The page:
A fowling piece manufactured by the celebrated French gun-maker, Nicholas-Noël Boutet (1761-1833). It was allegedly plundered from the baggage train of Joseph Buonaparte, King of Spain, following Wellington’s victory and rout of the French during the Peninsular War at Vittoria on 21 June 1813.
In 1954 a former Rifleman, Mr J. Bussicot, walked into the Regimental Museum at Winchester and presented the Curator with the fowling piece stating that it had belonged to Joseph Buonaparte and had been captured at the Battle of Vittoria.
There was no accompanying evidence to support the claim. Subsequently, the Colonel-Commandant of The Rifle Brigade at the time, Field Marshal ‘Jumbo’ Wilson, 1st Baron Wilson of Libya, invited research of the fowling piece. It was then discovered that it had been manufactured by Nicholas-Noël Boutet.
Boutet was one of the great names in the history of gun-making and was charged by Napoleon with creating richly-decorated arms for presentation to military heroes and foreign heads of state. Some of the guns produced in his workshop are considered to be the finest high-art firearms ever created.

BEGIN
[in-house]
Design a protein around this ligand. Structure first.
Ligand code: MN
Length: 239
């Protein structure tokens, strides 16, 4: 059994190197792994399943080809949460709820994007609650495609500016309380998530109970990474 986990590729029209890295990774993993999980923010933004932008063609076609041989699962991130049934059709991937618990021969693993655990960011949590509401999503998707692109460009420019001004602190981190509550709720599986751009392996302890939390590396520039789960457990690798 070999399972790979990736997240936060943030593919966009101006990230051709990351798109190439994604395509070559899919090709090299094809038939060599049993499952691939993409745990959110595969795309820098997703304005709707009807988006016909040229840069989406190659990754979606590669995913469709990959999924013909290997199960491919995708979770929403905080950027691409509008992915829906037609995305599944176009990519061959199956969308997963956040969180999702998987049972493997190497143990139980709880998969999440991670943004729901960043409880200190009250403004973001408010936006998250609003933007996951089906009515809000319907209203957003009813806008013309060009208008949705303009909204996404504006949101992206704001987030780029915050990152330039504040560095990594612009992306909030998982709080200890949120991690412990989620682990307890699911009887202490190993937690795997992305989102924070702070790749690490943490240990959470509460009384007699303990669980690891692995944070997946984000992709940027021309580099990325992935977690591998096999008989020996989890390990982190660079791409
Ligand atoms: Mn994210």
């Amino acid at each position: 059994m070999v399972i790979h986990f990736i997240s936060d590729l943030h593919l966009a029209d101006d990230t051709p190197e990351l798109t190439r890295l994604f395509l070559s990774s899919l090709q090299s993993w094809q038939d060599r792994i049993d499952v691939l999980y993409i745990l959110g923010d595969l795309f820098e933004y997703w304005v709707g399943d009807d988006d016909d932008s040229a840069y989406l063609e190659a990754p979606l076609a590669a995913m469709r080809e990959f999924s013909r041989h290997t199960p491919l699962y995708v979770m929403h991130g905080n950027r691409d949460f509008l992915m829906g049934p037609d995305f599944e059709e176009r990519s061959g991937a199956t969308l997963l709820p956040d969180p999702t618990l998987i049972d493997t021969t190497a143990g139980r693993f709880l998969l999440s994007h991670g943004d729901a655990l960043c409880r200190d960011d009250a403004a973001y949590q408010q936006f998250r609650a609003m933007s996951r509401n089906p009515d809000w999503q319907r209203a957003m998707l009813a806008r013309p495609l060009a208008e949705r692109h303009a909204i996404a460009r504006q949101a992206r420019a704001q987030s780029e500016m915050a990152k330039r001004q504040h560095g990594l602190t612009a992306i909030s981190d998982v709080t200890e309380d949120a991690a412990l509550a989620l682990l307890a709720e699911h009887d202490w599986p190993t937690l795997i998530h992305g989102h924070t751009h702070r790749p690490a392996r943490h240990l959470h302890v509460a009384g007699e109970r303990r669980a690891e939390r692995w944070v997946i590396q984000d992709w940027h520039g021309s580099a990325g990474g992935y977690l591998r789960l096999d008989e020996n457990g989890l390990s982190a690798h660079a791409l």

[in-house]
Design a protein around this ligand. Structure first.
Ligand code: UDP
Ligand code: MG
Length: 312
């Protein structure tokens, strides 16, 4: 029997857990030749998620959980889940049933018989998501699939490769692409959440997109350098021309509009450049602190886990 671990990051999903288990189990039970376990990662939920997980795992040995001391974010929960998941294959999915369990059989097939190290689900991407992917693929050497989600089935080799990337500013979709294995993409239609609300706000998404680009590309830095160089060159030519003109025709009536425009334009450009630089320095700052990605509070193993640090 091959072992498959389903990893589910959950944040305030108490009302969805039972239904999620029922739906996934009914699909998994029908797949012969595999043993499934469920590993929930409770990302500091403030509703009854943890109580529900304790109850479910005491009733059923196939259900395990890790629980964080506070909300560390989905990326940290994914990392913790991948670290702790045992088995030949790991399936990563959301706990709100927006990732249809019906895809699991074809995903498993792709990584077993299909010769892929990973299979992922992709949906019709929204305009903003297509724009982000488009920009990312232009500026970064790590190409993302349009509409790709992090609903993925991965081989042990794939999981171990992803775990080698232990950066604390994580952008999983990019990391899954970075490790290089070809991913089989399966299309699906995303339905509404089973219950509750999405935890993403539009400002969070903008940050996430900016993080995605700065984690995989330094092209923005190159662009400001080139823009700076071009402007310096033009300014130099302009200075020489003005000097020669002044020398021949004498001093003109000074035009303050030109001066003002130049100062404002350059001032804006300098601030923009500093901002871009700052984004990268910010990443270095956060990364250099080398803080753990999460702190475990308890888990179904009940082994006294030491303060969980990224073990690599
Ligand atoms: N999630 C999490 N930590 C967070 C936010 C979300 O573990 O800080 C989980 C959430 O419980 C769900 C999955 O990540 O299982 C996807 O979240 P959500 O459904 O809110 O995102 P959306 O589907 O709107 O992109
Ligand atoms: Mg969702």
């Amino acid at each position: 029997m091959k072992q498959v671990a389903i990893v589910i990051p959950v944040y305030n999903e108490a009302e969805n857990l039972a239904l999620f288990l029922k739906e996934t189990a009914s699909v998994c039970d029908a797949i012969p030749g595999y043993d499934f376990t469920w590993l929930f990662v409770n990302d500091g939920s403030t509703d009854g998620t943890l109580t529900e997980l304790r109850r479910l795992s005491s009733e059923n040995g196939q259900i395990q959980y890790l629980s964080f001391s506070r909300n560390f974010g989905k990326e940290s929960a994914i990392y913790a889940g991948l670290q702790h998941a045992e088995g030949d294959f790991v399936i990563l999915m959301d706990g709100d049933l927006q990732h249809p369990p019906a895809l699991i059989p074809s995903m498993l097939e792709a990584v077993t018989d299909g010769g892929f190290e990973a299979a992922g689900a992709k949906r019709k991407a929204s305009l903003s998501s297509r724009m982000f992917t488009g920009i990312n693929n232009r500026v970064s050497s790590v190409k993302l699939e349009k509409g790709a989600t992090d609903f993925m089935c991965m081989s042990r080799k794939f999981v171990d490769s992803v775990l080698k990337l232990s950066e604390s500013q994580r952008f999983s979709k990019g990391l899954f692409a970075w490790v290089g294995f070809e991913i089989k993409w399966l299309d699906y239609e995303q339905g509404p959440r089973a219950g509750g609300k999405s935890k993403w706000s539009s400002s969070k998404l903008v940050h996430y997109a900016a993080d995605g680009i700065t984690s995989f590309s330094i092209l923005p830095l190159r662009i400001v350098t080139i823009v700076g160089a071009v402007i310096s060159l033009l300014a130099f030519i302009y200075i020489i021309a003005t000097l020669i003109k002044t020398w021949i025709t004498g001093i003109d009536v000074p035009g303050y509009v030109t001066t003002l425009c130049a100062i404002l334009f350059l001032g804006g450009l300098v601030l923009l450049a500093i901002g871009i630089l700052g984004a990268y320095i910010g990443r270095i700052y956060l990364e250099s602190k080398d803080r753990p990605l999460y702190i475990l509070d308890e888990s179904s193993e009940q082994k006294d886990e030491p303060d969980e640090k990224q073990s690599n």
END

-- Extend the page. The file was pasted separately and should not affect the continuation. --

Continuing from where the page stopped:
Although the fowling piece presented to the Museum is relatively modest and lightly decorated in comparison to some of Boutet’s work, it is entirely plausible that it should have been made to order and presented to Joseph Buonaparte by his brother, the Emperor Napoleon. It is also plausible that it should have been plundered at Vittoria, at which King Joseph was present.
In the aftermath of the battle, the rout of the French army was so complete that, in his magisterial History of the British Army, the Hon. J.W. Fortescue wrote:
Joseph himself … had only just time to leave his carriage, jump on his horse and gallop away from the Eighteenth Hussars. Everything that belonged to him and a great many works of art … were taken. … Little … of value found its way to the Commander-in-Chief [Wellington] or to the military chest of the army; for the men were hungry, their pay was in arrear, and there were two million dollars in the French treasure-waggons, besides private hoards, to be had for the taking.
Joseph Buonaparte, who had been King of Spain since 1808, abdicated after the battle.
Nicholas-Noël Boutet (1761-1833)
Boutet was responsible for the manufacture of a great number of firearms during his life-time as an ‘arquebusier’ (gun-maker). Some of his weapons were exceedingly expensive; a set of nine guns and a pair of pistols made for King Charles IV of Spain, who abdicated in 1808, cost 130,000 francs.
Boutet’s work is rare in UK – examples may be seen at Windsor Castle, the Tower of London, the Wallace Collection (where there is also one that belonged to Joseph Buonaparte), the Victoria & Albert Museum, and in the City Museum and Art Gallery, Glasgow. There are, of course, many in France and in private ownership. There are also examples in Moscow and Leningrad, and several fine pieces in the Metropolitan Museum of Art in New York.